You could hear him talking to himself — “Oho! Here he is! Action stations!” — as he bounded to the front door of his house in a wide quiet street in New Windsor just after seven on a Wednesday night. I told him I asked his mother what to bring, and she recommended a bottle of red wine. He took it, and said, “Did she? What’d she say?”

I said, “Just that you liked red, but for you to go easy.”

He said, “Ha. Mumsy!”

There was a delicious smell of roasting pork, and a chook was shitting on the back deck. Radio Live host and 3rd Degree presenter Duncan Garner, 39, scampered down the hallway, surprisingly nimble for such a wide load — “the Big Man”, as his close friend Guyon Espiner (“G”) calls him. There was something Greek about his features — the black hair, the olive skin. Also, he was shaped like a Grecian urn. Later in the evening, he wobbled from side to side, and I was afraid he might smash.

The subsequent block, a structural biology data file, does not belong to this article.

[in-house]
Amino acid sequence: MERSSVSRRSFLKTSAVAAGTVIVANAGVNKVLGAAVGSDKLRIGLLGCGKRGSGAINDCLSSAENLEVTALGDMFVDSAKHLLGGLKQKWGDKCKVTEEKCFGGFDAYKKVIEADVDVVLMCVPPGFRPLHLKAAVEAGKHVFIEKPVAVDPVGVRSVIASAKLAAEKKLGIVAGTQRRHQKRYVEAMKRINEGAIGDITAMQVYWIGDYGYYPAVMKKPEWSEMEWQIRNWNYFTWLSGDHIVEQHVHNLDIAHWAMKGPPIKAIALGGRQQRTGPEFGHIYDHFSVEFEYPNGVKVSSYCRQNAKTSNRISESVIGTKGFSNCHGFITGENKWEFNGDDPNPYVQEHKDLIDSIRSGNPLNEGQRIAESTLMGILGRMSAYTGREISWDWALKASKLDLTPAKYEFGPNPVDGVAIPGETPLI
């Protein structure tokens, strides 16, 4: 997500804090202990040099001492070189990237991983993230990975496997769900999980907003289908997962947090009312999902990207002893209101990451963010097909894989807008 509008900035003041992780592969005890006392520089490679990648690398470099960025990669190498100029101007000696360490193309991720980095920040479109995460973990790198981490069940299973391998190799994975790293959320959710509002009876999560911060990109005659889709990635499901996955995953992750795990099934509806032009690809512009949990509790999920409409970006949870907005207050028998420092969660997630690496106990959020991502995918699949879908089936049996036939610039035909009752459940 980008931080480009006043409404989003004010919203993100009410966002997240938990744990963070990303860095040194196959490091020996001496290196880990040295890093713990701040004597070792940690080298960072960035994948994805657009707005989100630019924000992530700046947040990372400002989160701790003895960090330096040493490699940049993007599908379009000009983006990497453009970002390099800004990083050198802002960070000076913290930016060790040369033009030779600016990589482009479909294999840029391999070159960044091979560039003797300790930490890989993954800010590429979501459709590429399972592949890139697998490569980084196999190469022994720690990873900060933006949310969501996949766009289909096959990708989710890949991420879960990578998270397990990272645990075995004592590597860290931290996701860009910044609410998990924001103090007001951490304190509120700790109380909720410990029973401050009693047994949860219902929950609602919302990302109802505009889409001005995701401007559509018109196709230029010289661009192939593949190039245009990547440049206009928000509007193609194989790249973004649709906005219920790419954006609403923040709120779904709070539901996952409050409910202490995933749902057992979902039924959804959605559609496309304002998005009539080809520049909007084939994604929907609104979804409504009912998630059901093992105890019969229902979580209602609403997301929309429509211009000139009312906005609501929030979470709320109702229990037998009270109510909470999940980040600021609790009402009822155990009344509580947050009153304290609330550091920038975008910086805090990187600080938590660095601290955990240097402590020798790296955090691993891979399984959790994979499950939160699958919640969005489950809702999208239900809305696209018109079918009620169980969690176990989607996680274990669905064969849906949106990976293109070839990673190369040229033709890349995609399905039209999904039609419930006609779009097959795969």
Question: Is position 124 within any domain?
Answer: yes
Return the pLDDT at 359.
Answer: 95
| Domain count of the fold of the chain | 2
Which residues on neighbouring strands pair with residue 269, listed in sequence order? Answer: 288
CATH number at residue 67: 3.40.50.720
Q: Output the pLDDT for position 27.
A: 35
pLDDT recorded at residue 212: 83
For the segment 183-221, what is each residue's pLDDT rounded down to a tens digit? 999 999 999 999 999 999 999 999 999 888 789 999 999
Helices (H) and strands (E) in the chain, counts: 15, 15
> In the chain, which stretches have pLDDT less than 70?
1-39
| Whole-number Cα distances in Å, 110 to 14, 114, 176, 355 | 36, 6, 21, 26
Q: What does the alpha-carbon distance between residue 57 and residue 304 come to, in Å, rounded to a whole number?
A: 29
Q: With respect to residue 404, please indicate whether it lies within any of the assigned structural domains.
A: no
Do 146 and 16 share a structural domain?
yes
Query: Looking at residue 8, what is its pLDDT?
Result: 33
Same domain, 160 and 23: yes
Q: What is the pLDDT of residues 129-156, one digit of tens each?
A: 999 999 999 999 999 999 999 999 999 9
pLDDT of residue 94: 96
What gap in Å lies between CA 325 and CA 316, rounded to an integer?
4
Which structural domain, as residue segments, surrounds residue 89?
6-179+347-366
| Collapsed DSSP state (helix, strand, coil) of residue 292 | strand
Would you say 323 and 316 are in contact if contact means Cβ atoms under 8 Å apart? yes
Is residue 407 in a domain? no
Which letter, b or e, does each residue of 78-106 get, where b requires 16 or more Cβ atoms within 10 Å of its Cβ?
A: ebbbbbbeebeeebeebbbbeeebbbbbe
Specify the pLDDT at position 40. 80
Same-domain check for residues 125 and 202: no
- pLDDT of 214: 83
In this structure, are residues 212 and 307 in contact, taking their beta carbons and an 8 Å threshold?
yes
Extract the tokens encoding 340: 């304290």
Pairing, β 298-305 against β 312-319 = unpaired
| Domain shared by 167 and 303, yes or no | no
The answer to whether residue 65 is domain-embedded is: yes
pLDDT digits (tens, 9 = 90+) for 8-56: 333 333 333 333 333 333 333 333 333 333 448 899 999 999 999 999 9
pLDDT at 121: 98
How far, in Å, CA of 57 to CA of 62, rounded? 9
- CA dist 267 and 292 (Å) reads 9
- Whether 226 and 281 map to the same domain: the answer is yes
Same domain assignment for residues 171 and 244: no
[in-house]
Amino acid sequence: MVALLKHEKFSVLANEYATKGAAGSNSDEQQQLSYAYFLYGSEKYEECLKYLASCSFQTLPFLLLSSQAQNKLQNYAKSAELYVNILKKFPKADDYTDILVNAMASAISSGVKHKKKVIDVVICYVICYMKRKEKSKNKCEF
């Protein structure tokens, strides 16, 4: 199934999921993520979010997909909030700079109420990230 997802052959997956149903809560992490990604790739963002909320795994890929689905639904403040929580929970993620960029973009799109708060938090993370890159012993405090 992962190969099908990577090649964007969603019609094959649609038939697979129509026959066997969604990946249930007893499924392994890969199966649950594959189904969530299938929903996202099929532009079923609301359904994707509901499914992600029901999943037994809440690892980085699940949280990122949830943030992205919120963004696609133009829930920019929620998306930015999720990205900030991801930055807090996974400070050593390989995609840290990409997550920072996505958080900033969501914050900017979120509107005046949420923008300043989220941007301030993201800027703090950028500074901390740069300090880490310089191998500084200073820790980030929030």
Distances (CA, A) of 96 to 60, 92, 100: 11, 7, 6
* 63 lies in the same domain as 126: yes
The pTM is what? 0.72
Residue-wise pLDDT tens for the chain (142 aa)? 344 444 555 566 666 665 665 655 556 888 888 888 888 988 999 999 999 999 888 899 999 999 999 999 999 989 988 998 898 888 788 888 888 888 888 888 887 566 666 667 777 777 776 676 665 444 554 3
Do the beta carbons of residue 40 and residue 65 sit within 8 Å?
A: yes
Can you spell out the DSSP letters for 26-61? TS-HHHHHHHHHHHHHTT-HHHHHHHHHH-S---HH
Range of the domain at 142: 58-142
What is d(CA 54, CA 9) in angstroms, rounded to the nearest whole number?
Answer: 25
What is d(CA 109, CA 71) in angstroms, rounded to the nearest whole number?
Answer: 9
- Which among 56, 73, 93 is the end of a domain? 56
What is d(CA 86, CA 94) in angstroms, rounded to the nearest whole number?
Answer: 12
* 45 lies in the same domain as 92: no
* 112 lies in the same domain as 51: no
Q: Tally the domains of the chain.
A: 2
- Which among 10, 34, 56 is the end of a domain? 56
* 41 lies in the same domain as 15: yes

It was the first time we had properly met since Nigeria. In 2004, as a tender feature writer, I tagged along with Garner and the rest of the gang of daily news hacks in the parliamentary press gallery to Abuja, the dusty, hopeless capital of Nigeria, for the Commonwealth Heads of Government meeting.

Garner was political editor at TV3. Helen Clark was Prime Minister. She had a term for the press gallery: “Chooks.” Garner ruled their roost, was always at the head of the pack whenever Clark gave a stand-up interview in the heat of the African sun. He asked short questions and spoke very softly. He looked her straight in the eye. His own eyes were cold and mirthless. I was frightened of him, and yet he had come to my rescue.